An understanding of interconnected and complex hydrological systems is necessary for sustainable water management and engineering solutions (e.g. waste water treatment facilities and flood defences), especially in light of global environmental change. Increasingly, computer models of individual natural and artificial features such as precipitation, runoff, rivers, groundwater, waste water and estuaries are being coupled to enable a more holistic understanding of how water moves through entire river basins – from cloud to coast. In parallel, there is a need to communicate these complex interrelationships at a conceptual level to “lay” audiences including other engineers, policymakers, and the public.
To date, however, hydrological visualisations have typically focused on displaying the behaviour of individual hydrological features or subsystems. The C2C visualisation project brings these subsystems together to create holistic 3D river basin visualisations, thereby allowing non-experts to understand interconnected natural and artificial water systems at a conceptual level. The visualisations will remain “true to life” through validation against real-world and model simulation datasets.
John HindmarchSponsored by the Science Museum.
My project is concerned with both the technical aspects of scanning museum objects, and the use of those scans in a physical or virtual exhibition space. I am particularly interested in the practicalities of providing an interface through which the general public can interact with 3D models, and the attitudes of the public towards exhibitions of virtual objects.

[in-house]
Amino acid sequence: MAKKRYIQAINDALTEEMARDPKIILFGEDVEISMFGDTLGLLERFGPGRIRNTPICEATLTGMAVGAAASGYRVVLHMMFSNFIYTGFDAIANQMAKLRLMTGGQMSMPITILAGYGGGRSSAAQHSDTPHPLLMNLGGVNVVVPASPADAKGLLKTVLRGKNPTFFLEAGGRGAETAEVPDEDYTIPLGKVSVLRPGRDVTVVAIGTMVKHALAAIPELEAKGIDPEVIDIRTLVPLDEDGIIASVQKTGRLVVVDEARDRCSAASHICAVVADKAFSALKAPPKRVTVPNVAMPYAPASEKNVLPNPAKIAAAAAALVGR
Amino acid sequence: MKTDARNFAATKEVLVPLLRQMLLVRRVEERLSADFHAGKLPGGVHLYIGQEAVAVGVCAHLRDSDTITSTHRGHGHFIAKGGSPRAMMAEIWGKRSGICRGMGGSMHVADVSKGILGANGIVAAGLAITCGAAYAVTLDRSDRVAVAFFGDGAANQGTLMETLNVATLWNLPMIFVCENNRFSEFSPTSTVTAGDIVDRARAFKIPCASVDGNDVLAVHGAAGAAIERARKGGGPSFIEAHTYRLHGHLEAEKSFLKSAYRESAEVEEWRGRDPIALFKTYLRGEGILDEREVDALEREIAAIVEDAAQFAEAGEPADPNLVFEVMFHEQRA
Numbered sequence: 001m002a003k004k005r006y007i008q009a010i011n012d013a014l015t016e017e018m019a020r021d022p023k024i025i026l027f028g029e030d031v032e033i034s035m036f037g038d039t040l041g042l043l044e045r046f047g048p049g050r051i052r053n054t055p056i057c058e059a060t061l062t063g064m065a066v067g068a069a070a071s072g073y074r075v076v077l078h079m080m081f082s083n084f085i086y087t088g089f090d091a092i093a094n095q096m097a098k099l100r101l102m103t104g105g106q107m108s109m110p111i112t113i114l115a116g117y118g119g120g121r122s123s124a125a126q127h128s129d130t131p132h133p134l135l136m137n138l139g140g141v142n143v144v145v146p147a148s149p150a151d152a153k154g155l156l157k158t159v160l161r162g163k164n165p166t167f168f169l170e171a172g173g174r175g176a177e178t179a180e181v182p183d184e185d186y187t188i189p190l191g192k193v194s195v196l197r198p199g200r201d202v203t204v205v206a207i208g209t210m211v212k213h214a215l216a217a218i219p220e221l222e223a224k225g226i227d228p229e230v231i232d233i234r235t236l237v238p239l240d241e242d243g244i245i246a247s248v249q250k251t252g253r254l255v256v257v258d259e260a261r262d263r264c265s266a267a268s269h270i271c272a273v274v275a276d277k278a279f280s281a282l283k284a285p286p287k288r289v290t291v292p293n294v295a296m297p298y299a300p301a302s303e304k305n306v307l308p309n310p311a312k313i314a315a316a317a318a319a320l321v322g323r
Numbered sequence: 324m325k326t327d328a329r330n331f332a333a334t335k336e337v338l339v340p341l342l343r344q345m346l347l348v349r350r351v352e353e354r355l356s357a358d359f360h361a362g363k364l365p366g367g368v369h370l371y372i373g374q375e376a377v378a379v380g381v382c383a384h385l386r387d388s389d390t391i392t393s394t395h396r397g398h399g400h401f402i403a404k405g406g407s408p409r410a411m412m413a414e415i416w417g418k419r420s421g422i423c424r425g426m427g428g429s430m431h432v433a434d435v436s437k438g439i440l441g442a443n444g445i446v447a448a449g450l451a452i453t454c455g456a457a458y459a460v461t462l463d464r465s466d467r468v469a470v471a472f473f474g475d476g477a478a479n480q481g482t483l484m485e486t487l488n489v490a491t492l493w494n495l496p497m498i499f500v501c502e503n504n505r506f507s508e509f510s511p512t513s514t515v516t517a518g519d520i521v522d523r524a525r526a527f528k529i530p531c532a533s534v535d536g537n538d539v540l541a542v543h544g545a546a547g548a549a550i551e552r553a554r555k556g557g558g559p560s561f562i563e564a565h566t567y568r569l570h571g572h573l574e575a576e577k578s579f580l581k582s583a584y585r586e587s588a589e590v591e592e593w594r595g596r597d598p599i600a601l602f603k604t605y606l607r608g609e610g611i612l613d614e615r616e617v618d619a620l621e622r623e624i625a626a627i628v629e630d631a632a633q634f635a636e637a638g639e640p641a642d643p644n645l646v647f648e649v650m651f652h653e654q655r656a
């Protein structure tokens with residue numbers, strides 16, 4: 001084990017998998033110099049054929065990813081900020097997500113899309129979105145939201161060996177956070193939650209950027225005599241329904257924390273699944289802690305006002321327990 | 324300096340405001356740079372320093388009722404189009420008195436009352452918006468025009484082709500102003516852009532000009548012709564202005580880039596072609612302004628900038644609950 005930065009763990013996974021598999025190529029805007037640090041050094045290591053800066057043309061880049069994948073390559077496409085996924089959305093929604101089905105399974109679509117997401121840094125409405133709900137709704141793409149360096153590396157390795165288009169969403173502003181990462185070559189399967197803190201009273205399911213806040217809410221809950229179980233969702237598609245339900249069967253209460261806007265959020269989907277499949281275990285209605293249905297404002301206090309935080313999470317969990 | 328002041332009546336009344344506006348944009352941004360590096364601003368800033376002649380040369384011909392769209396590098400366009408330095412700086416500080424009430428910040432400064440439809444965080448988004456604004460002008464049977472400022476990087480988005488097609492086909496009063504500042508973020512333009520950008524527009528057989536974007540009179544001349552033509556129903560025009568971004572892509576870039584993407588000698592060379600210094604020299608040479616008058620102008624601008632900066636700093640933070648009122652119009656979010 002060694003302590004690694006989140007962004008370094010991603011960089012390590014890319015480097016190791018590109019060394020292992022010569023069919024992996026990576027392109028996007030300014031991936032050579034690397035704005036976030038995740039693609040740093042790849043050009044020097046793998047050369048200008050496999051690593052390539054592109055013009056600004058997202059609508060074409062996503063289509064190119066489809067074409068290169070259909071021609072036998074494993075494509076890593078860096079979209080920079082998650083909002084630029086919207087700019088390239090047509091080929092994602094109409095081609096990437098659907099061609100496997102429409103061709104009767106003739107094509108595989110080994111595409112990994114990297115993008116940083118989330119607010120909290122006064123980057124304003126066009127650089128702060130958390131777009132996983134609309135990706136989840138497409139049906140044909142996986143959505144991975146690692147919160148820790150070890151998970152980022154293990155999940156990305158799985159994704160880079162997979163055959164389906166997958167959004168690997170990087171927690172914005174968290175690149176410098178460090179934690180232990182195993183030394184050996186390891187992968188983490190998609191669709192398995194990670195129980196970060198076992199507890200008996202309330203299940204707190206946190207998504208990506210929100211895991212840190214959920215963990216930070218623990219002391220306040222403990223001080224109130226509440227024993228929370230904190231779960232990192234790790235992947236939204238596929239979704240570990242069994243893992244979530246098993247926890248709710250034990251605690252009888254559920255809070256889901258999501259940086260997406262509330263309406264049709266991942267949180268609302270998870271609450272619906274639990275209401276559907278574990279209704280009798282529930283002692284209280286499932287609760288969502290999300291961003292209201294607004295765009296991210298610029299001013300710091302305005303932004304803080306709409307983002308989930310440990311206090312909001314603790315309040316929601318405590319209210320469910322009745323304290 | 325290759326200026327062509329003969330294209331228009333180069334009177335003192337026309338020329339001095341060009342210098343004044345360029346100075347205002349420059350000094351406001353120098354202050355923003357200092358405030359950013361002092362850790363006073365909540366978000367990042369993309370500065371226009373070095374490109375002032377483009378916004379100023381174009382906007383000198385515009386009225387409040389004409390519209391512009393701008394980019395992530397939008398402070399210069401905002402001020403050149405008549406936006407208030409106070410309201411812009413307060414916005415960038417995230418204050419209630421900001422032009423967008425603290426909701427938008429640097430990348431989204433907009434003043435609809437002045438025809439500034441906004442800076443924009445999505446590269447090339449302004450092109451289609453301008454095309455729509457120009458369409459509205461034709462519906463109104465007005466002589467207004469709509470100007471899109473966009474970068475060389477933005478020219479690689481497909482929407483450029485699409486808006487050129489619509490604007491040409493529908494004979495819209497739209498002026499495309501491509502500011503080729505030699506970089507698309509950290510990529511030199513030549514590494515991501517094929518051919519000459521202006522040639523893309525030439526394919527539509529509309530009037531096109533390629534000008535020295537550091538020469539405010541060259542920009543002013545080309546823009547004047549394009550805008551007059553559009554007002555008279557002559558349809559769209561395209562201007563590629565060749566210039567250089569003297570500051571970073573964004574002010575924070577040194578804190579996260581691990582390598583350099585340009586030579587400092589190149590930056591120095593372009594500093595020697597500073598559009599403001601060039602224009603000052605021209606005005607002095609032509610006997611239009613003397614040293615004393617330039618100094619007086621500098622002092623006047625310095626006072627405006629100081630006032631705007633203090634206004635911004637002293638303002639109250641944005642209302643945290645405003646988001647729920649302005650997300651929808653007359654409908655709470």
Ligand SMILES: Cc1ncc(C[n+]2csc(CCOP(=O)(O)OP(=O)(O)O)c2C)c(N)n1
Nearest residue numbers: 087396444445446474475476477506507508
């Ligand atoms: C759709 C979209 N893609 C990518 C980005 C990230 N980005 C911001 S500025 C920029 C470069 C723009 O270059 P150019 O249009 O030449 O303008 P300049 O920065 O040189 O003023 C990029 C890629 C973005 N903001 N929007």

Kazim PalSponsored by London Metropolitan Archives
This project deals with digitally restoring parchments with fire damage. The particular parchment book is an extremely important document that fell victim to this very form of damage. This project is planning to use computer vision and computer graphics techniques to develop a digital acquisition and reconstruction procedure that would help to make the parchment book accessible again. A particular goal is to devise an acquisition apparatus and method to digitally flatten the individual pages, exposing their content in a legible form.
Support by the UCL Overseas Research Scholarship
Whilst current video conferencing systems can support collaboration at a distance, even high-end systems using high-definition video fail when the users don't pay attention to the spatial configuration of the screen, cameras and the users' own positions. The most obvious way that this manifests is when users misunderstand each others' eye gaze. A new class of video conferencing system is emerging that use multiple video views, and which can track user's movements. In this research we will investigate how a multi-view, multi-site video conferencing system can exploit eye-tracking information. The main technical work will be in building example teleconferencing systems using high-definition video which incorporate eye-tracking. There will also be substantial human-computer interaction-based analysis of group interaction.
Sponsored by Disney Interactive
The aim of my project is to give game design artists better 3D references and scene reconstructions which can be directly fed into the creative pipeline. This is motivated by the increasing public demand for detailed, complex 3D worlds and the resulting demand this places on game design artists.